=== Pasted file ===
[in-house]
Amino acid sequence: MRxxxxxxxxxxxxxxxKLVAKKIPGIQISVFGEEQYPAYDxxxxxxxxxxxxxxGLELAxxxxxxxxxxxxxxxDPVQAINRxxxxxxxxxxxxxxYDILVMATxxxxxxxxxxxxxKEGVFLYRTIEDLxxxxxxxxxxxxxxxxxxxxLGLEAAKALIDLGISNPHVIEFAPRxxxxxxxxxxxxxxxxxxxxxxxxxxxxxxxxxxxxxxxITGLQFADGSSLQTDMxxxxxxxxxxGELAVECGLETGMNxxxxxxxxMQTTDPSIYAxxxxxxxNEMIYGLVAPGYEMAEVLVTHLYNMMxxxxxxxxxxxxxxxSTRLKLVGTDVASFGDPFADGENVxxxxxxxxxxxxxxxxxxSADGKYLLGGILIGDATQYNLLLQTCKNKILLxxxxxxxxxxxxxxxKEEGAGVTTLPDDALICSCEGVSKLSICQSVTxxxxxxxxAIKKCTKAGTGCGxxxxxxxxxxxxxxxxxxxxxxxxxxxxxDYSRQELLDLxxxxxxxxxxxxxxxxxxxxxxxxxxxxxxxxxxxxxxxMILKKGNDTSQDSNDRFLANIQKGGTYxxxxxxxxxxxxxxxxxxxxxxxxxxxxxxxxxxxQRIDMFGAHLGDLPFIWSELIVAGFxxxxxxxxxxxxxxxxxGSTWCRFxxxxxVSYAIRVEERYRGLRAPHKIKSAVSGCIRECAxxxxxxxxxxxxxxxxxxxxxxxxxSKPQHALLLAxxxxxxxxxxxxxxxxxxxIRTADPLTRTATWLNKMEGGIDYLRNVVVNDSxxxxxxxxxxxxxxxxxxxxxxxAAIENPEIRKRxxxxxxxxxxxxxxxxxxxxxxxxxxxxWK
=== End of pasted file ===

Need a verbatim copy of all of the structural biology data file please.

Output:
[in-house]
Amino acid sequence: MRxxxxxxxxxxxxxxxKLVAKKIPGIQISVFGEEQYPAYDxxxxxxxxxxxxxxGLELAxxxxxxxxxxxxxxxDPVQAINRxxxxxxxxxxxxxxYDILVMATxxxxxxxxxxxxxKEGVFLYRTIEDLxxxxxxxxxxxxxxxxxxxxLGLEAAKALIDLGISNPHVIEFAPRxxxxxxxxxxxxxxxxxxxxxxxxxxxxxxxxxxxxxxxITGLQFADGSSLQTDMxxxxxxxxxxGELAVECGLETGMNxxxxxxxxMQTTDPSIYAxxxxxxxNEMIYGLVAPGYEMAEVLVTHLYNMMxxxxxxxxxxxxxxxSTRLKLVGTDVASFGDPFADGENVxxxxxxxxxxxxxxxxxxSADGKYLLGGILIGDATQYNLLLQTCKNKILLxxxxxxxxxxxxxxxKEEGAGVTTLPDDALICSCEGVSKLSICQSVTxxxxxxxxAIKKCTKAGTGCGxxxxxxxxxxxxxxxxxxxxxxxxxxxxxDYSRQELLDLxxxxxxxxxxxxxxxxxxxxxxxxxxxxxxxxxxxxxxxMILKKGNDTSQDSNDRFLANIQKGGTYxxxxxxxxxxxxxxxxxxxxxxxxxxxxxxxxxxxQRIDMFGAHLGDLPFIWSELIVAGFxxxxxxxxxxxxxxxxxGSTWCRFxxxxxVSYAIRVEERYRGLRAPHKIKSAVSGCIRECAxxxxxxxxxxxxxxxxxxxxxxxxxSKPQHALLLAxxxxxxxxxxxxxxxxxxxIRTADPLTRTATWLNKMEGGIDYLRNVVVNDSxxxxxxxxxxxxxxxxxxxxxxxAAIENPEIRKRxxxxxxxxxxxxxxxxxxxxxxxxxxxxWK